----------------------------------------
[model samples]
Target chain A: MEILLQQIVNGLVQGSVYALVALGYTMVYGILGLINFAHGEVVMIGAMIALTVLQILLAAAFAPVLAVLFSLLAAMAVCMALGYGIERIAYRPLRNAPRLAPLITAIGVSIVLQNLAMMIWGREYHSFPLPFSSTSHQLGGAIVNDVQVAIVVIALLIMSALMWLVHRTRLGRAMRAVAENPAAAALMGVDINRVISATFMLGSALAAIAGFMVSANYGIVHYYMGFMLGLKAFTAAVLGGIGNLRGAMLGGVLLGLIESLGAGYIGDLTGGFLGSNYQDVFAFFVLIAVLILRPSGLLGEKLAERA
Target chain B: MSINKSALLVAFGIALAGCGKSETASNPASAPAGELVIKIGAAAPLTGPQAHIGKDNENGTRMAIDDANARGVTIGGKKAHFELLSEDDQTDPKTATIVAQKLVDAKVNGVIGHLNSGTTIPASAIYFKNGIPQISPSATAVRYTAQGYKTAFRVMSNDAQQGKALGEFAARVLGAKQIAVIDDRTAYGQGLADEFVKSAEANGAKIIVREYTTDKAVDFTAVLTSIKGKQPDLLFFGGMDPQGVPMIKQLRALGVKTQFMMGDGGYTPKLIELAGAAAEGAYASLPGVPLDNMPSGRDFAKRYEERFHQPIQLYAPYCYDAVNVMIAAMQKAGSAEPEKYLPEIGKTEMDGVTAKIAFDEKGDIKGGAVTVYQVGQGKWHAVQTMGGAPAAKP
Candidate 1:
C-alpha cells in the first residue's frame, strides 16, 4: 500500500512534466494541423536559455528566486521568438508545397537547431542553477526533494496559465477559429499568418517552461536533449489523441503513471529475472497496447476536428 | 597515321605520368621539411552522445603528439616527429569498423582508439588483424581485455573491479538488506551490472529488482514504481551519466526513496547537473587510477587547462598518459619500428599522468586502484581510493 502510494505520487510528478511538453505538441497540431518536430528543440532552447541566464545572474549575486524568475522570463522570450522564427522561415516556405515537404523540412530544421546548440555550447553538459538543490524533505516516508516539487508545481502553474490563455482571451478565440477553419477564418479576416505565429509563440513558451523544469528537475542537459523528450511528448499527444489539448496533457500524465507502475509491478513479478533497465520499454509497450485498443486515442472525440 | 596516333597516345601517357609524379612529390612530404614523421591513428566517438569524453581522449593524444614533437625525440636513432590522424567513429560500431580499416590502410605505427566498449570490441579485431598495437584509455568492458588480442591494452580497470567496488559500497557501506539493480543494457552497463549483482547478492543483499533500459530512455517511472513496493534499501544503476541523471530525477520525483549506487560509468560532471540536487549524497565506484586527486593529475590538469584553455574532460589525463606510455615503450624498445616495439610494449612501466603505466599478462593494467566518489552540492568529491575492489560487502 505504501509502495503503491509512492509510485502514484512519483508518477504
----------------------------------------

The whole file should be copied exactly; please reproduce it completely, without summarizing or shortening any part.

[model samples]
Target chain A: MEILLQQIVNGLVQGSVYALVALGYTMVYGILGLINFAHGEVVMIGAMIALTVLQILLAAAFAPVLAVLFSLLAAMAVCMALGYGIERIAYRPLRNAPRLAPLITAIGVSIVLQNLAMMIWGREYHSFPLPFSSTSHQLGGAIVNDVQVAIVVIALLIMSALMWLVHRTRLGRAMRAVAENPAAAALMGVDINRVISATFMLGSALAAIAGFMVSANYGIVHYYMGFMLGLKAFTAAVLGGIGNLRGAMLGGVLLGLIESLGAGYIGDLTGGFLGSNYQDVFAFFVLIAVLILRPSGLLGEKLAERA
Target chain B: MSINKSALLVAFGIALAGCGKSETASNPASAPAGELVIKIGAAAPLTGPQAHIGKDNENGTRMAIDDANARGVTIGGKKAHFELLSEDDQTDPKTATIVAQKLVDAKVNGVIGHLNSGTTIPASAIYFKNGIPQISPSATAVRYTAQGYKTAFRVMSNDAQQGKALGEFAARVLGAKQIAVIDDRTAYGQGLADEFVKSAEANGAKIIVREYTTDKAVDFTAVLTSIKGKQPDLLFFGGMDPQGVPMIKQLRALGVKTQFMMGDGGYTPKLIELAGAAAEGAYASLPGVPLDNMPSGRDFAKRYEERFHQPIQLYAPYCYDAVNVMIAAMQKAGSAEPEKYLPEIGKTEMDGVTAKIAFDEKGDIKGGAVTVYQVGQGKWHAVQTMGGAPAAKP
Candidate 1:
C-alpha cells in the first residue's frame, strides 16, 4: 500500500512534466494541423536559455528566486521568438508545397537547431542553477526533494496559465477559429499568418517552461536533449489523441503513471529475472497496447476536428 | 597515321605520368621539411552522445603528439616527429569498423582508439588483424581485455573491479538488506551490472529488482514504481551519466526513496547537473587510477587547462598518459619500428599522468586502484581510493 502510494505520487510528478511538453505538441497540431518536430528543440532552447541566464545572474549575486524568475522570463522570450522564427522561415516556405515537404523540412530544421546548440555550447553538459538543490524533505516516508516539487508545481502553474490563455482571451478565440477553419477564418479576416505565429509563440513558451523544469528537475542537459523528450511528448499527444489539448496533457500524465507502475509491478513479478533497465520499454509497450485498443486515442472525440 | 596516333597516345601517357609524379612529390612530404614523421591513428566517438569524453581522449593524444614533437625525440636513432590522424567513429560500431580499416590502410605505427566498449570490441579485431598495437584509455568492458588480442591494452580497470567496488559500497557501506539493480543494457552497463549483482547478492543483499533500459530512455517511472513496493534499501544503476541523471530525477520525483549506487560509468560532471540536487549524497565506484586527486593529475590538469584553455574532460589525463606510455615503450624498445616495439610494449612501466603505466599478462593494467566518489552540492568529491575492489560487502 505504501509502495503503491509512492509510485502514484512519483508518477504